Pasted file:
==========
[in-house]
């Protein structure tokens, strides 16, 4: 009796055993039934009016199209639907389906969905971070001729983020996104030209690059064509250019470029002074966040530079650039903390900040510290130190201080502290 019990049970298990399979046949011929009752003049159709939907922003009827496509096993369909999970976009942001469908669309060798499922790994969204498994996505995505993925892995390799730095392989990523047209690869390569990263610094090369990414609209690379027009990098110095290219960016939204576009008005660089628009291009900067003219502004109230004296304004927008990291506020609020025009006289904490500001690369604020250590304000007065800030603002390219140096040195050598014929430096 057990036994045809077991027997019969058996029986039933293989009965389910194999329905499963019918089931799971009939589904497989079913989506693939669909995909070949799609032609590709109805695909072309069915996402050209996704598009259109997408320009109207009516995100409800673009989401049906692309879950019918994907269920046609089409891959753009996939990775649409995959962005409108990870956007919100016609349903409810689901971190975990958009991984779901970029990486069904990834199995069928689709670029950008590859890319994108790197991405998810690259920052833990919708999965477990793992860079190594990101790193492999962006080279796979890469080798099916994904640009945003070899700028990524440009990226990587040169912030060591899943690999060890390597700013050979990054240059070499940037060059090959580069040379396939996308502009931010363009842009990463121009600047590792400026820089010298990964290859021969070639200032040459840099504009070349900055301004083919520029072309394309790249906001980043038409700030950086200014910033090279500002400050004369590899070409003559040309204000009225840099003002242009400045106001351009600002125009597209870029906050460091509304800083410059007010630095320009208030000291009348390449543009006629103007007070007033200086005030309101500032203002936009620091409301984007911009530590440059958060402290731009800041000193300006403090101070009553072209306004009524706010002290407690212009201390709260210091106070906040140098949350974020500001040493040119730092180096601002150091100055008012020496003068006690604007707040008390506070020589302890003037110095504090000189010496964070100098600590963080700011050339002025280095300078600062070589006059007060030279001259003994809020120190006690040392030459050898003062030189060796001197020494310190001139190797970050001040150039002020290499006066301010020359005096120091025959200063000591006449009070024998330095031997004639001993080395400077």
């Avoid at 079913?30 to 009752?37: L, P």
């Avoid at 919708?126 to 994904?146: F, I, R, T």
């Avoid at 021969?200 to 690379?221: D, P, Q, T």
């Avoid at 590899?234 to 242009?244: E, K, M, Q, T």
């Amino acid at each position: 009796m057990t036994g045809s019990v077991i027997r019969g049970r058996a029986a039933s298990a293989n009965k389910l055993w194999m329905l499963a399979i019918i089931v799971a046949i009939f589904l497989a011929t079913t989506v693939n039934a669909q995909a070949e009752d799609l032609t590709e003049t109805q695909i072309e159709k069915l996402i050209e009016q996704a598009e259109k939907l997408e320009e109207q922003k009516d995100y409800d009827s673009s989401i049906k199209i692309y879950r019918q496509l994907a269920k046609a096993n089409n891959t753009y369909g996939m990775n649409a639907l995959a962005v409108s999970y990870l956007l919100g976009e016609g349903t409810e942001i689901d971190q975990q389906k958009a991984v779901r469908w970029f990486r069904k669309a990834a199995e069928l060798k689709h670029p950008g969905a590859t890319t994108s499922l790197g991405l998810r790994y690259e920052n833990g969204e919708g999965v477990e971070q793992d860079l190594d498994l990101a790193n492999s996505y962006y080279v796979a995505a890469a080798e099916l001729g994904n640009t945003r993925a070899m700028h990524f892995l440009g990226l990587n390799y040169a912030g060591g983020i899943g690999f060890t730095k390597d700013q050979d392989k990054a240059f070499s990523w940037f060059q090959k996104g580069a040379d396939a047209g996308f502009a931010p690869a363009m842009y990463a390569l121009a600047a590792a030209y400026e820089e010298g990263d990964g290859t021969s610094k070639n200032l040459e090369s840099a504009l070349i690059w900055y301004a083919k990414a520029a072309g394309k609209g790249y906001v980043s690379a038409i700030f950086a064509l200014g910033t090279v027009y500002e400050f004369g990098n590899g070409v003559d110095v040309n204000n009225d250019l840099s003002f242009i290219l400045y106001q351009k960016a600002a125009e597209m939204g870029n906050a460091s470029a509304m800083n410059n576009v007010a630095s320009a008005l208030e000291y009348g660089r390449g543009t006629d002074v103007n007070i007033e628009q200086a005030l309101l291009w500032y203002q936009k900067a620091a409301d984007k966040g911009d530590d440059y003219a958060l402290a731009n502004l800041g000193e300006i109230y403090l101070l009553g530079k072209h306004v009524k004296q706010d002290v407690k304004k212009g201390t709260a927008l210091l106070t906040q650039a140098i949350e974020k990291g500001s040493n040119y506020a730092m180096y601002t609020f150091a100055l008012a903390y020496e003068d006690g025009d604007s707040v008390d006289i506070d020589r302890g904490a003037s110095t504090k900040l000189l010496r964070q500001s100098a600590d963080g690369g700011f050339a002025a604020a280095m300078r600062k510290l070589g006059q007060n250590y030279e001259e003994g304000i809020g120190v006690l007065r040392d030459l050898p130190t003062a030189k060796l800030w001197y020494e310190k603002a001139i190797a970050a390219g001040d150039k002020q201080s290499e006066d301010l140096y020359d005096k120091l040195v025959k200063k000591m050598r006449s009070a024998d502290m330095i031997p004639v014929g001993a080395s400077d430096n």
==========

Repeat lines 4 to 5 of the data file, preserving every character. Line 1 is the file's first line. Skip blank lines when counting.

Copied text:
């Avoid at 919708?126 to 994904?146: F, I, R, T």
């Avoid at 021969?200 to 690379?221: D, P, Q, T």